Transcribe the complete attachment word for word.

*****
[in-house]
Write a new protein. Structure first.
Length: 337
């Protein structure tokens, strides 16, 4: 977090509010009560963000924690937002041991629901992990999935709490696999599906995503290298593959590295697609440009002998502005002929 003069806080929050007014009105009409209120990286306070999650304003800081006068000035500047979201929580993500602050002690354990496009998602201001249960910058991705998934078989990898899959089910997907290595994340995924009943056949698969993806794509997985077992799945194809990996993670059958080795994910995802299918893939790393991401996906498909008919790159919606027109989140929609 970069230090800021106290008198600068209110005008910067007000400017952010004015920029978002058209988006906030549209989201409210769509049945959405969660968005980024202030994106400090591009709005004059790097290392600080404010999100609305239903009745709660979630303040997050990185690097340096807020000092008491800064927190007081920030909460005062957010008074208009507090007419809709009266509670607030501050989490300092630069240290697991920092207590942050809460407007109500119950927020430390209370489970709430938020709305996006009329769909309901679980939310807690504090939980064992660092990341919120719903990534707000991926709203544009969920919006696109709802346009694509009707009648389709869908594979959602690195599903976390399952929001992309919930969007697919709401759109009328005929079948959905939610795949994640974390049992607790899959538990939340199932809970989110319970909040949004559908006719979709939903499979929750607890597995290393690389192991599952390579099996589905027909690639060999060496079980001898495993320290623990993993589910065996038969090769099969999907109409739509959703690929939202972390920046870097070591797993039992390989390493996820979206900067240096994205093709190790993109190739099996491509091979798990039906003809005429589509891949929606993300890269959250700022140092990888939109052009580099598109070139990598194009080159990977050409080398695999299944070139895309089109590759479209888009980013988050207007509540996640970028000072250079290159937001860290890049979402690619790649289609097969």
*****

[in-house]
Write a new protein. Structure first.
Length: 337
């Protein structure tokens, strides 16, 4: 977090509010009560963000924690937002041991629901992990999935709490696999599906995503290298593959590295697609440009002998502005002929 003069806080929050007014009105009409209120990286306070999650304003800081006068000035500047979201929580993500602050002690354990496009998602201001249960910058991705998934078989990898899959089910997907290595994340995924009943056949698969993806794509997985077992799945194809990996993670059958080795994910995802299918893939790393991401996906498909008919790159919606027109989140929609 970069230090800021106290008198600068209110005008910067007000400017952010004015920029978002058209988006906030549209989201409210769509049945959405969660968005980024202030994106400090591009709005004059790097290392600080404010999100609305239903009745709660979630303040997050990185690097340096807020000092008491800064927190007081920030909460005062957010008074208009507090007419809709009266509670607030501050989490300092630069240290697991920092207590942050809460407007109500119950927020430390209370489970709430938020709305996006009329769909309901679980939310807690504090939980064992660092990341919120719903990534707000991926709203544009969920919006696109709802346009694509009707009648389709869908594979959602690195599903976390399952929001992309919930969007697919709401759109009328005929079948959905939610795949994640974390049992607790899959538990939340199932809970989110319970909040949004559908006719979709939903499979929750607890597995290393690389192991599952390579099996589905027909690639060999060496079980001898495993320290623990993993589910065996038969090769099969999907109409739509959703690929939202972390920046870097070591797993039992390989390493996820979206900067240096994205093709190790993109190739099996491509091979798990039906003809005429589509891949929606993300890269959250700022140092990888939109052009580099598109070139990598194009080159990977050409080398695999299944070139895309089109590759479209888009980013988050207007509540996640970028000072250079290159937001860290890049979402690619790649289609097969």